Updated on 07/31/2013 8:13AM

Haskell Invitational: Verrazano much the best

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Mark Wyville/Equi-Photo
Verrazano and jockey John Velazquez win the Grade 1 Haskell Invitational by a record 9 3/4 lengths Sunday at Monmouth Park.

OCEANPORT, N.J. – Verrazano had been devastatingly brilliant before, just never on the big stage. On Sunday, in front of a crowd of 36,294 at Monmouth Park – including a large contingent of friends and family for his locally based ownership group – Verrazano dazzled under the bright lights.

Stalking the pacesetting Oxbow – the winner of the Preakness – until the middle of the far turn, Verrazano seized control of the  $1 million Haskell Invitational approaching the quarter pole, then in the stretch turned New Jersey’s premier Thoroughbred race into a one-horse affair, drawing off to a record-setting 9 3/4-length victory under jockey John Velazquez.

Power Broker finished second by six lengths over Micromanage, who nosed out Oxbow for third.

The margin of victory was the largest in the 46-year history of the Haskell, eclipsing the seven-length margin Bluegrass Cat won by in 2006.

Oxbow finished a head in front of Pick of the Litter. Vyjack and Golden Soul completed the order of finish.

Oxbow appeared to suffer an injury that likely will keep him out of the $1 million Travers at Saratoga on Aug. 24. Jockey Gary Stevens jumped off Oxbow after the race, sensing something was not right.

Deborah Lamparter, the New Jersey state veterinarian based at Monmouth Park, said she arrived at the barn as doctors were finishing taking X-rays of Oxbow’s right ankle.

“It is my understanding that there were no fractures, and it was likely a soft-tissue injury,” Lamparter told the Monmouth publicity department.

Stevens said Oxbow felt off to him after the race.

“When I got him pulled up, I didn’t like what I was feeling,” Stevens said. “He was visibly off. I didn’t want to bring him back in front of the grandstand; I got the weight off of him. He’s fine. He’s walking sound enough, but he wasn’t jogging sound.”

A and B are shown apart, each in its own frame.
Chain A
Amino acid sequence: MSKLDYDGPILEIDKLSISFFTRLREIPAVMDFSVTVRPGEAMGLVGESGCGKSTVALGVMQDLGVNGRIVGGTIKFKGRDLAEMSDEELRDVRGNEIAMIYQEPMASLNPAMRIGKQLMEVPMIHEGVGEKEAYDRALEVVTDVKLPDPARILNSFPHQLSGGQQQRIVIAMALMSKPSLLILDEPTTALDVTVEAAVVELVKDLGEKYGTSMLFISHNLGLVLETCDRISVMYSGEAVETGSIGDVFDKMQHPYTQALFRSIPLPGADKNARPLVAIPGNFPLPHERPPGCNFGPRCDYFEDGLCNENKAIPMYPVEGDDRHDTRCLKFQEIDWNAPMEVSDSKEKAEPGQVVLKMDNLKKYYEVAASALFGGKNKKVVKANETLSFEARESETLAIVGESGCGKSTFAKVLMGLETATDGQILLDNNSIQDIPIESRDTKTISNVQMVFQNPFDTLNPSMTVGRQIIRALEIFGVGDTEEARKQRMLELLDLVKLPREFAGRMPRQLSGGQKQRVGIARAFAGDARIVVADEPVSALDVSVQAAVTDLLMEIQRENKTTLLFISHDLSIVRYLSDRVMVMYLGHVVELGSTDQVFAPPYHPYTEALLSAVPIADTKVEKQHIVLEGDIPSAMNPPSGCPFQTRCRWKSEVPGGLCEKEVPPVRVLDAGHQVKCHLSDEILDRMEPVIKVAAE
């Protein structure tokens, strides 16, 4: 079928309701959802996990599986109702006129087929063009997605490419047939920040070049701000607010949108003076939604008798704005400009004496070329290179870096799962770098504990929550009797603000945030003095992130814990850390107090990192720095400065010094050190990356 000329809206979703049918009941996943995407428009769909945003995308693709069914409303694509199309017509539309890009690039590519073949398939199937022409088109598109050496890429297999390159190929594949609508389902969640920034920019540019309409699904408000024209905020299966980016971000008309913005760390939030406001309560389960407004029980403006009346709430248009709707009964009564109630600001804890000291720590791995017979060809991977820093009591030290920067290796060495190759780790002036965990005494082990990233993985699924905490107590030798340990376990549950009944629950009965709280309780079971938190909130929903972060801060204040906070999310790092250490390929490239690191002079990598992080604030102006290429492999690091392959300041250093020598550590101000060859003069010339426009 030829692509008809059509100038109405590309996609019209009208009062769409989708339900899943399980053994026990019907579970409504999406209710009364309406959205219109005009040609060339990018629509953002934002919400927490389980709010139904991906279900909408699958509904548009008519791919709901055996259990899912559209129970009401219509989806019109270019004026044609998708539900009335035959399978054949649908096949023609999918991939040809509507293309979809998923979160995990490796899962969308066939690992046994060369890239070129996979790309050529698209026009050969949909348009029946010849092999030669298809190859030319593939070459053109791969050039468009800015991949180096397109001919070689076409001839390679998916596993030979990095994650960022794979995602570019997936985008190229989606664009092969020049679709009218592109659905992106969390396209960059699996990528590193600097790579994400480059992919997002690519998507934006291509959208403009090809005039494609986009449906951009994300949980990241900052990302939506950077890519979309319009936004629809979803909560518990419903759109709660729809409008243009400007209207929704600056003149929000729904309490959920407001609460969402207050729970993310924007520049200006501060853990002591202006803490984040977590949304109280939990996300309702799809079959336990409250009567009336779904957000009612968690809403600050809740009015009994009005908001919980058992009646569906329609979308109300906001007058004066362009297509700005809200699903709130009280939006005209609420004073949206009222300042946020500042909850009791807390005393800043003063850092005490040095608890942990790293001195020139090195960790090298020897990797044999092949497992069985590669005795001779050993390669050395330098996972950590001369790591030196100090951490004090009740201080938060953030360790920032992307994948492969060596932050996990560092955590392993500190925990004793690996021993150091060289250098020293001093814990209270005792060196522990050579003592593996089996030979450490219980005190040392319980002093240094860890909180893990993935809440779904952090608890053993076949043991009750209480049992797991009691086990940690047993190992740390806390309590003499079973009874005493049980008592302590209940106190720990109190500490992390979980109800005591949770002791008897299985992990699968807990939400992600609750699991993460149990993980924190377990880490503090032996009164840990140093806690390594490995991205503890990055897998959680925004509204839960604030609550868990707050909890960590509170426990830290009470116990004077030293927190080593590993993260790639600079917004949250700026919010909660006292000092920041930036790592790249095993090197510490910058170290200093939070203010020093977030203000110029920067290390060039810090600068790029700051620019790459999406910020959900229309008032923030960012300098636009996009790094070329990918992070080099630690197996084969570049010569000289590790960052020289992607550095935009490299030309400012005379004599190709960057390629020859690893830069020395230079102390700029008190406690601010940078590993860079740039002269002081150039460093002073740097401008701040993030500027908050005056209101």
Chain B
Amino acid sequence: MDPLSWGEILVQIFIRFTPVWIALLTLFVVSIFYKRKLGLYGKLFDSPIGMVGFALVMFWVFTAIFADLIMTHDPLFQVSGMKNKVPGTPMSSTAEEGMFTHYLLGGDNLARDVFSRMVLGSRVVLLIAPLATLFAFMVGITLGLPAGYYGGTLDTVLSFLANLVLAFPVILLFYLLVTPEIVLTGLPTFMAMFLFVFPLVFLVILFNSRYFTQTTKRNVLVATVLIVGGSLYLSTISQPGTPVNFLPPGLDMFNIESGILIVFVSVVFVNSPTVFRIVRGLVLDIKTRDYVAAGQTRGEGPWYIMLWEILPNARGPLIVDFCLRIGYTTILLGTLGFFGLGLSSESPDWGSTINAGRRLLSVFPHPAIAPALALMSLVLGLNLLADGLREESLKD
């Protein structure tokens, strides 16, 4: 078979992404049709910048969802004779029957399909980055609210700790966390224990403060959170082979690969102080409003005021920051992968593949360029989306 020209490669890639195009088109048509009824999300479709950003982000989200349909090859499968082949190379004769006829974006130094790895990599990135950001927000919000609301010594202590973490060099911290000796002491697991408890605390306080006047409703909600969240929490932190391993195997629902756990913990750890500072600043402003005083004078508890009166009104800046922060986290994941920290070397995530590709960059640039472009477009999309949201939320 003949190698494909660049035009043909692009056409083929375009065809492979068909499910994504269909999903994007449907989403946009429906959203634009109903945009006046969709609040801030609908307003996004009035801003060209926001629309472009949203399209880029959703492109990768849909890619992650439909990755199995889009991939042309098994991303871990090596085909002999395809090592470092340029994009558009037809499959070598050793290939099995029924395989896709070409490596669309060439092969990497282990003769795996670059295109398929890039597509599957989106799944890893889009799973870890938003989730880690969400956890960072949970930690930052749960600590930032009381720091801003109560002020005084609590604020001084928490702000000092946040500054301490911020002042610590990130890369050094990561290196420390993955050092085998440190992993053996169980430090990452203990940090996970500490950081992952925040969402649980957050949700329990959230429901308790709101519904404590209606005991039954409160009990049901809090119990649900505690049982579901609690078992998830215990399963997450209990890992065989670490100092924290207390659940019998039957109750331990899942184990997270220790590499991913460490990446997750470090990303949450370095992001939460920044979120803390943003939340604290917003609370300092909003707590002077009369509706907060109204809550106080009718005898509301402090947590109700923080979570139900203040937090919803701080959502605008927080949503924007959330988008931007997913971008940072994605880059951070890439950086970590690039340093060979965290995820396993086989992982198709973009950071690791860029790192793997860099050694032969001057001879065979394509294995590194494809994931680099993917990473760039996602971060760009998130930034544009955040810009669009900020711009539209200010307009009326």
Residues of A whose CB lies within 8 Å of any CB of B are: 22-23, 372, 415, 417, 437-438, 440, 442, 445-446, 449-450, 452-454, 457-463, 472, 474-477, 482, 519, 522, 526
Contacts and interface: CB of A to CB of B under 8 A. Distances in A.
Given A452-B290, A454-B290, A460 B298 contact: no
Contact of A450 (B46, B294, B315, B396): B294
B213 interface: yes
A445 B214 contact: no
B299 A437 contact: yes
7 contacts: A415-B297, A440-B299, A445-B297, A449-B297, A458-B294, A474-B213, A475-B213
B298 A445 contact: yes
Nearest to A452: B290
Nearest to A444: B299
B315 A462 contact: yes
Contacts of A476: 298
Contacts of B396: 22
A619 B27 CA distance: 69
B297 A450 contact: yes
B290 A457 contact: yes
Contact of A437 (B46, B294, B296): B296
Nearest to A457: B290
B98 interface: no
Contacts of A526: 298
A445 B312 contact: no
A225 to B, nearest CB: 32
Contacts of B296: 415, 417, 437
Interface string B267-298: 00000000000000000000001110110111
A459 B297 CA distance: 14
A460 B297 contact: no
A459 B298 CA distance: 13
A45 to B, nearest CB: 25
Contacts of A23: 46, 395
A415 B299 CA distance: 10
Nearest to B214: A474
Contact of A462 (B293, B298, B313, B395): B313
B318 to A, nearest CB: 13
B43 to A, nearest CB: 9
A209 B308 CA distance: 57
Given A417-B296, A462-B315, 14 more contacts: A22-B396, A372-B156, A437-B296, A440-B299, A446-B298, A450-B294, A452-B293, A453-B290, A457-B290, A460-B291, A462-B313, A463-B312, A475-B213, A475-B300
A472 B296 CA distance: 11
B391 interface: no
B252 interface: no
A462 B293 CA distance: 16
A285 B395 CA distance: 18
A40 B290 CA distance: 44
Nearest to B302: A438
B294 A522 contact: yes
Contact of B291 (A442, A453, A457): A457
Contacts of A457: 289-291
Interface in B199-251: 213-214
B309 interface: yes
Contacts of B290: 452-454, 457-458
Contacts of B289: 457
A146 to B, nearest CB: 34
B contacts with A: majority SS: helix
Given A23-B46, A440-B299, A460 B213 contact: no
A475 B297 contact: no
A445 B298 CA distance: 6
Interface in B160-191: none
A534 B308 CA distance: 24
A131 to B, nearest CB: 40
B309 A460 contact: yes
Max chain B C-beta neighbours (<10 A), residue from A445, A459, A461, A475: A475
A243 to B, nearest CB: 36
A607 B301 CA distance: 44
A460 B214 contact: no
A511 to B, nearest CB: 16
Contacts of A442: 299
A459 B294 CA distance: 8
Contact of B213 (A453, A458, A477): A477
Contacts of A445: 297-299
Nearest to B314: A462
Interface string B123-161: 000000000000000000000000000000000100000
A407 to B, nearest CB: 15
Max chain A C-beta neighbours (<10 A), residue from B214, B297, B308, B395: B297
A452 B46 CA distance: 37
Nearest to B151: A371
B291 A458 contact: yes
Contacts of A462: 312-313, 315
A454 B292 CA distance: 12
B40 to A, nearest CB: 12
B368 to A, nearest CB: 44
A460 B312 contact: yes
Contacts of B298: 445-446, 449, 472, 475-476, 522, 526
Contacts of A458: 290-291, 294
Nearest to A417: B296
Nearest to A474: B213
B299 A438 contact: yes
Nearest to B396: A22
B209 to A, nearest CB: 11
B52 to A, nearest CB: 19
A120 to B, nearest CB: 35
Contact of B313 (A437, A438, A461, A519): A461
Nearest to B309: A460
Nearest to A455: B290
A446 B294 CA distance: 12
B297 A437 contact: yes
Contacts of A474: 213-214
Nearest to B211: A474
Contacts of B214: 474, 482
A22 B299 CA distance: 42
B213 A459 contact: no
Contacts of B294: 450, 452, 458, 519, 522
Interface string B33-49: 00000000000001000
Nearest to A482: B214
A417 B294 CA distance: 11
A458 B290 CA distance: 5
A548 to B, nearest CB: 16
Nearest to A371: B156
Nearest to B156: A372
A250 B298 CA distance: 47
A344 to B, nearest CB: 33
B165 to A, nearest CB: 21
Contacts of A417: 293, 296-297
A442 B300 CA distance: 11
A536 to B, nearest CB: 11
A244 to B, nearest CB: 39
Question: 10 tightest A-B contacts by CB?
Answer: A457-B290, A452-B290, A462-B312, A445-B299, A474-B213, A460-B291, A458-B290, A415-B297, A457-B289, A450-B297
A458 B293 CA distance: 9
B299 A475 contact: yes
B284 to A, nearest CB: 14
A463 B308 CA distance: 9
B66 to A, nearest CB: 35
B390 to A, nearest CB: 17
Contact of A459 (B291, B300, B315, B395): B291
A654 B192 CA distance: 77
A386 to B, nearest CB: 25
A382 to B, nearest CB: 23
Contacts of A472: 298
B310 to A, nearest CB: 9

The equine ambulance came onto the track, but Oxbow was walked off by his handlers.

Meanwhile, Verrazano, trained by Todd Pletcher for the locally based Let’s Go Stable of Bryan Sullivan and Kevin Scatuorchio, put himself back into the 3-year-old picture with his monster performance.

“I would say he made a huge statement today,” said Pletcher, who won the Haskell for a third time. “That was certainly one of if not the most impressive performances any 3-year-old has run this year. I can’t think of too many more that were much better than that – really, ever.”

While the final time of 1:50.68 was the slowest Haskell since 1978, the Monmouth track was deep and slow for most of the humid, overcast afternoon.

Verrazano, a son of More Than Ready, added the Haskell to victories in the Grade 1 Wood Memorial, the Grade 2 Tampa Bay Derby, and the Grade 3 Pegasus Stakes. Overall, he is 6 for 7, with his only loss a 14th-place finish in the Kentucky Derby, which was run over a sloppy track. He has earned $1.5 million.

Verrazano’s victory more than likely earned him a spot in the Travers, where he would take on, among others, Belmont Stakes winner Palace Malice, who won Saturday’s Grade 2 Jim Dandy at Saratoga most impressively, and Kentucky Derby winner Orb. Palace Malice also is trained by Pletcher.

“The Travers would be a logical goal, the way he finished today at a mile and an eighth over what was a very deep, demanding, tiring track through the week,” Pletcher said. “He seemed like he handled it really well, finished strongly, pricking his ears at the wire like he was looking for more.”

Velazquez said Verrazano was comfortable sitting off Oxbow early on, got a little into the bridle when Power Broker came to him down the backside, but relaxed again when he got  away from Power Broker.

“He was awesome, man; he was incredible today,” Velazquez said. “He was instant, too. When I asked him, he was right there. I didn’t want to hit him. I hit him with the whip down under the belly to let him know he needed to do something. I never actually had to hit him with the whip until today.”

The winner’s circle was packed with friends and family of the Sullivans and Scatuorchios, who donated 1.5 percent of the purse, or $9,000, to a local charity – savethejerseyshore.org – that helps Jersey Shore residents recovering from the effects of Hurricane Sandy.

“Tears in my eyes, special,” Sullivan said of the victory. “Lot of pressure; horse showed up, and he’s a really, really nice horse.”